Award Date

12-1-2013

Degree Type

Thesis

Degree Name

Master of Arts (MA)

Department

Political Science

First Committee Member

Jonathan Strand

Second Committee Member

John Tuman

Third Committee Member

Dennis Pirages

Fourth Committee Member

Lein-Lein Chen

Number of Pages

190

Abstract

The governance of the global economy is in a constant state of change. Since the creation of the Bretton Woods system, the International Monetary Fund has had to pursue a series of reforms to meet the changing demands of the international monetary system. At times, the Fund's institutional design has been adjusted to reflect the rise and decline in economic fortunes of member states. Other times the Fund has been resistant to change. However, the original design has proved to be durable and has overcome a number of historical challenges. Currently, two realities are challenging the institutional design of the Fund leading to seriously consideration to reform the governance of the Fund. The first factor involves emerging market economies and developing countries which are demanding equitable representation commensurate with their new found economic strength. The second factor is the ongoing legitimacy problem. For the Fund this has been a problem the Fund has never fully been able to overcome and this problem originates in the governance of the Fund. Two factors contribute to this situation: informal governance and formal Articles of Agreement. The argument made in this thesis is that power politics explicitly or implicitly define the institutional design of the Fund. Reforms will become a reality but not at the expense of the major shareholders and non-economic factors (i.e., politics) will continue to have a role in the governance of the Fund.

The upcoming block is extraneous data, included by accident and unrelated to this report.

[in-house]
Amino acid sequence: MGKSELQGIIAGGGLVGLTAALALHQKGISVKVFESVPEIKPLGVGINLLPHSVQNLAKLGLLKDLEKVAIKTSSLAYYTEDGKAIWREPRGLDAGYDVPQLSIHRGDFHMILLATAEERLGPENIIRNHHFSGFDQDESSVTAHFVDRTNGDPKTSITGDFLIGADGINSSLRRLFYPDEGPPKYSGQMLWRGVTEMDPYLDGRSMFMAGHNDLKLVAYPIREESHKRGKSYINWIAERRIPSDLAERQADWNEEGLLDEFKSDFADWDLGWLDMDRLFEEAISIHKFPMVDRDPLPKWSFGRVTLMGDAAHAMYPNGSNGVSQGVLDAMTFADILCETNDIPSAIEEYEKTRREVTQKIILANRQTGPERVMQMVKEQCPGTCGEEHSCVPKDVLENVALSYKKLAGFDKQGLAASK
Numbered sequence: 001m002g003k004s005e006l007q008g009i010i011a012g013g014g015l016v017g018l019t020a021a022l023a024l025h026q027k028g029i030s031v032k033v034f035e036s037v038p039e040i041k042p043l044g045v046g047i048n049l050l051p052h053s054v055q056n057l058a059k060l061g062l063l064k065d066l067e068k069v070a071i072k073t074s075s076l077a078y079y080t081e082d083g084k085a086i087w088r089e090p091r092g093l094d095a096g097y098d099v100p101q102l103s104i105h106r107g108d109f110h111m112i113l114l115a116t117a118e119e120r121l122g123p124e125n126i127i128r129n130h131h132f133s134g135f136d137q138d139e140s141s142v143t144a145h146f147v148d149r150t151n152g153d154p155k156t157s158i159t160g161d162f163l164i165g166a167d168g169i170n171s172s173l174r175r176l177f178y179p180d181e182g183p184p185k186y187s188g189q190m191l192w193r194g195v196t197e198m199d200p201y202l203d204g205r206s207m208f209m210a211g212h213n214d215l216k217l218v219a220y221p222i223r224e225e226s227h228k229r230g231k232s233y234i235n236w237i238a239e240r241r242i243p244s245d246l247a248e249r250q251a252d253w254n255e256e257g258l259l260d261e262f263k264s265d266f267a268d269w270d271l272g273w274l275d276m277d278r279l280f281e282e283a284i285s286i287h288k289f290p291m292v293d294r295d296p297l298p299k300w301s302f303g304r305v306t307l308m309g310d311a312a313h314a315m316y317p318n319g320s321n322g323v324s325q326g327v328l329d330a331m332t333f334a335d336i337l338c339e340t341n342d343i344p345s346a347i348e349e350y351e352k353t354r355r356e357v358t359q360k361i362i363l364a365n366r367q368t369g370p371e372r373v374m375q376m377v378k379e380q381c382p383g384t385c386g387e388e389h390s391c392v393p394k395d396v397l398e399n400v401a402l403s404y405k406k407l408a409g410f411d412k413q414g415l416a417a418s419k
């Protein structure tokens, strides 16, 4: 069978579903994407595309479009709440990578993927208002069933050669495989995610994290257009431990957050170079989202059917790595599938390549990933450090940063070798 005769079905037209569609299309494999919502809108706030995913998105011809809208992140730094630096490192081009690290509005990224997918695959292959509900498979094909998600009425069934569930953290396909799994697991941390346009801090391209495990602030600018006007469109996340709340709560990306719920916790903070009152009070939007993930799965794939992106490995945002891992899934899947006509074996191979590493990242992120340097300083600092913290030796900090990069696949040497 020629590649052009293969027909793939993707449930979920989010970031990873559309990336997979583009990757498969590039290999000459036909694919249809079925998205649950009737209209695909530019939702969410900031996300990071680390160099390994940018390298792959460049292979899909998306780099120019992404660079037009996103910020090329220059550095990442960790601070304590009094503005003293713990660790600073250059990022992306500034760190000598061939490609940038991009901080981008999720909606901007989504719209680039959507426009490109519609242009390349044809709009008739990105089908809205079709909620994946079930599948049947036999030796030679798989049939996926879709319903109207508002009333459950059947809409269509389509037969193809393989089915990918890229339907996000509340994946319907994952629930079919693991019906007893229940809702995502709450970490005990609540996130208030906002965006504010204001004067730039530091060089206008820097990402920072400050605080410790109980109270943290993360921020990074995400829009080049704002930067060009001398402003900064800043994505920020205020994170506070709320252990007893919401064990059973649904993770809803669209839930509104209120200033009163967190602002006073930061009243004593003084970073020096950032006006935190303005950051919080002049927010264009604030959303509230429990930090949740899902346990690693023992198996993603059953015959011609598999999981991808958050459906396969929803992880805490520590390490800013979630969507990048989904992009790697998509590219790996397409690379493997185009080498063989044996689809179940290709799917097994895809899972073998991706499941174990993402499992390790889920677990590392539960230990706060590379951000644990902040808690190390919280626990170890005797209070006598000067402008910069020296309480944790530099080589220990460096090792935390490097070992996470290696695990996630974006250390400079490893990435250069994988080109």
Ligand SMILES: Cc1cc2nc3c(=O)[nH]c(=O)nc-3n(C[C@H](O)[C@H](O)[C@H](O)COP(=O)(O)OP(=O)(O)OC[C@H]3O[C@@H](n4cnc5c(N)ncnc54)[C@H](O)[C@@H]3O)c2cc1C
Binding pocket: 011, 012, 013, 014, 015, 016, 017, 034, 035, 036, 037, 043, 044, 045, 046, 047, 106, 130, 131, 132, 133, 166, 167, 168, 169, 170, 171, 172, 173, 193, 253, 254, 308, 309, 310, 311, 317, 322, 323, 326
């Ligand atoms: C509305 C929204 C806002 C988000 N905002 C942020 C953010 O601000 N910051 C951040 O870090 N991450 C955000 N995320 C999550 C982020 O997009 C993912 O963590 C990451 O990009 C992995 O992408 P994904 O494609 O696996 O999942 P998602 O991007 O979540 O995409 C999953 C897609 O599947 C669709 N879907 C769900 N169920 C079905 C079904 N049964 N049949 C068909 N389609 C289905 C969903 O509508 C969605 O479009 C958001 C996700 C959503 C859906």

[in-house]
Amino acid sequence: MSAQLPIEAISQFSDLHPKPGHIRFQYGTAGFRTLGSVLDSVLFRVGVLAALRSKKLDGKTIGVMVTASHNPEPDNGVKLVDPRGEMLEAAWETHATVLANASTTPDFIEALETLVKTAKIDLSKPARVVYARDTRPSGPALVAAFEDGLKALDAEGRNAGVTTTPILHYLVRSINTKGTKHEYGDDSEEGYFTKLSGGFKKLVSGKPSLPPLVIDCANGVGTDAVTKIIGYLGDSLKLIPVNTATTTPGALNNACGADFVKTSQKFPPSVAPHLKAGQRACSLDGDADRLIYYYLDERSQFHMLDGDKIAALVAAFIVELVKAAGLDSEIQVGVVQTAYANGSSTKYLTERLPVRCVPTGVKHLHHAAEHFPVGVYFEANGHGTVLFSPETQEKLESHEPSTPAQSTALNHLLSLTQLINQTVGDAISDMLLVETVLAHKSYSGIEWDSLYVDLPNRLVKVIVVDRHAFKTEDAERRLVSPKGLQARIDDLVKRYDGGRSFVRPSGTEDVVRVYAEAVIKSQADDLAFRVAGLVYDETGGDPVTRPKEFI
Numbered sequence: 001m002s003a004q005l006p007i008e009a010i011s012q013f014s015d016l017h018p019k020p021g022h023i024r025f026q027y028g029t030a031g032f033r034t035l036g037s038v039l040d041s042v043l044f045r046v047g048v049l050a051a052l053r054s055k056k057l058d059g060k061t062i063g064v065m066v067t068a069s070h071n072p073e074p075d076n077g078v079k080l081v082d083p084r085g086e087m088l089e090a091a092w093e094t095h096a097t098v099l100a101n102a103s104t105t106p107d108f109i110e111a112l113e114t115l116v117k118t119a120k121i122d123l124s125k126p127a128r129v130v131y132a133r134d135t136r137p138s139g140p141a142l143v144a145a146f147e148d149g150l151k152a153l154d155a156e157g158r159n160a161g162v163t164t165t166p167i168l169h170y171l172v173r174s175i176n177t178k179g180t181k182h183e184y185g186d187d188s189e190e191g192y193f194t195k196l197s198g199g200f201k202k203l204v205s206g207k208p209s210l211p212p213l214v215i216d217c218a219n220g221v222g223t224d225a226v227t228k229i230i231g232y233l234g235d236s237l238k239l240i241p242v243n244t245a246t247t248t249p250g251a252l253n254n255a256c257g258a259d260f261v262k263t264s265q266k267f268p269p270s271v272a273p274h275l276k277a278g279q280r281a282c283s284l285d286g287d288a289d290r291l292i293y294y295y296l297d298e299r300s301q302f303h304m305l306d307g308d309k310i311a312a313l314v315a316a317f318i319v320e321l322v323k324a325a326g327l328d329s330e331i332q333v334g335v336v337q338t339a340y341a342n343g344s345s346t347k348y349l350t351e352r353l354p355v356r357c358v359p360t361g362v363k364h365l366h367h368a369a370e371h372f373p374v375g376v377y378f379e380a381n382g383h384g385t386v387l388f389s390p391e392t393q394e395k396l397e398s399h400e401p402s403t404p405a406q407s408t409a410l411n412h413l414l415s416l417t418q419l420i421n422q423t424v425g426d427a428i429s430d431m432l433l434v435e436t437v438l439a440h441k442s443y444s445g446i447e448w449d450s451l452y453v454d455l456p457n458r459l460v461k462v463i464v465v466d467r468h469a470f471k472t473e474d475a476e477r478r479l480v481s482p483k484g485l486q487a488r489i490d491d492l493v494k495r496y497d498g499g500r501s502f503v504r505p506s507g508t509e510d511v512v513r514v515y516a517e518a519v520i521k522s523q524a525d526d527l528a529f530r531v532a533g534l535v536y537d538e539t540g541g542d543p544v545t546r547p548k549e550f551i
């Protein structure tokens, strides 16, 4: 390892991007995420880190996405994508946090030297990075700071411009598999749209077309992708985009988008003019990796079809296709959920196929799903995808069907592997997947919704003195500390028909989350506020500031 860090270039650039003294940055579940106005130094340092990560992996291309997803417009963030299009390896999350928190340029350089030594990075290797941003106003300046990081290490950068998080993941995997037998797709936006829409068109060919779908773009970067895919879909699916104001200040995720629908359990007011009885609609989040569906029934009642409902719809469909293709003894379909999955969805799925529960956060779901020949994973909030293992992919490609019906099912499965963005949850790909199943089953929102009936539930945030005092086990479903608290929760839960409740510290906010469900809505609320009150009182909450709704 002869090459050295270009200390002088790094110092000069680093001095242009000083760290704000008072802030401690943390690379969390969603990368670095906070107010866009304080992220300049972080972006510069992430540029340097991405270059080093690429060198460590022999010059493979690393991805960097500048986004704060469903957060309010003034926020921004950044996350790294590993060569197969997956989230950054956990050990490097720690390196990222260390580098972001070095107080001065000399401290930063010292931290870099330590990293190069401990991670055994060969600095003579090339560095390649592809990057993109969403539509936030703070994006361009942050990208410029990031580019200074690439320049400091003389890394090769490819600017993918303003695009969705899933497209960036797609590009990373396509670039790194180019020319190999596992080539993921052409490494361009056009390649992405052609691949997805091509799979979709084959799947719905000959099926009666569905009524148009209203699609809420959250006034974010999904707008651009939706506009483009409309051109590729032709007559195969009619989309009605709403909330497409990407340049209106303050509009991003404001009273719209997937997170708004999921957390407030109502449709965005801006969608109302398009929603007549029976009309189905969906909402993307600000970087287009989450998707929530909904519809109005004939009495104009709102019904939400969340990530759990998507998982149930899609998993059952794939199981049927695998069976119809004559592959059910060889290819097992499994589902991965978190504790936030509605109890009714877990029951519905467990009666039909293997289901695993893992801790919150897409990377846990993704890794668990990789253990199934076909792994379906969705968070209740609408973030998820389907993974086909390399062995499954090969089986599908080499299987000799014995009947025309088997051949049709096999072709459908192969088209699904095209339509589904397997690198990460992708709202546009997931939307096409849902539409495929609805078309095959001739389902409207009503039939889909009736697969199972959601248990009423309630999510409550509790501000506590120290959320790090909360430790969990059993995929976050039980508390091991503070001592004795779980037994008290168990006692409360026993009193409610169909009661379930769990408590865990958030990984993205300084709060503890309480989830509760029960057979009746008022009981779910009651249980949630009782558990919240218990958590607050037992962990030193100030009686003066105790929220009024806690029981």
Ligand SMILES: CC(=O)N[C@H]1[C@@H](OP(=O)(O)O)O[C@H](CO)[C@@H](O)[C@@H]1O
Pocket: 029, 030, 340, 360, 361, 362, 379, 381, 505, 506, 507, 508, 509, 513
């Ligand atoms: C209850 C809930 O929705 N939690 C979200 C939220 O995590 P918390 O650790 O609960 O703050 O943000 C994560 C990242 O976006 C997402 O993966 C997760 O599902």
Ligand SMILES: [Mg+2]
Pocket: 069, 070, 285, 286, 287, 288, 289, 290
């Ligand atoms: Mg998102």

Keywords

Economic policy; Economics; Economy; Fund; International; International Monetary Fund; Monetary; Political; Power

Disciplines

Economics | International Economics | International Relations | Political Science

Language

English


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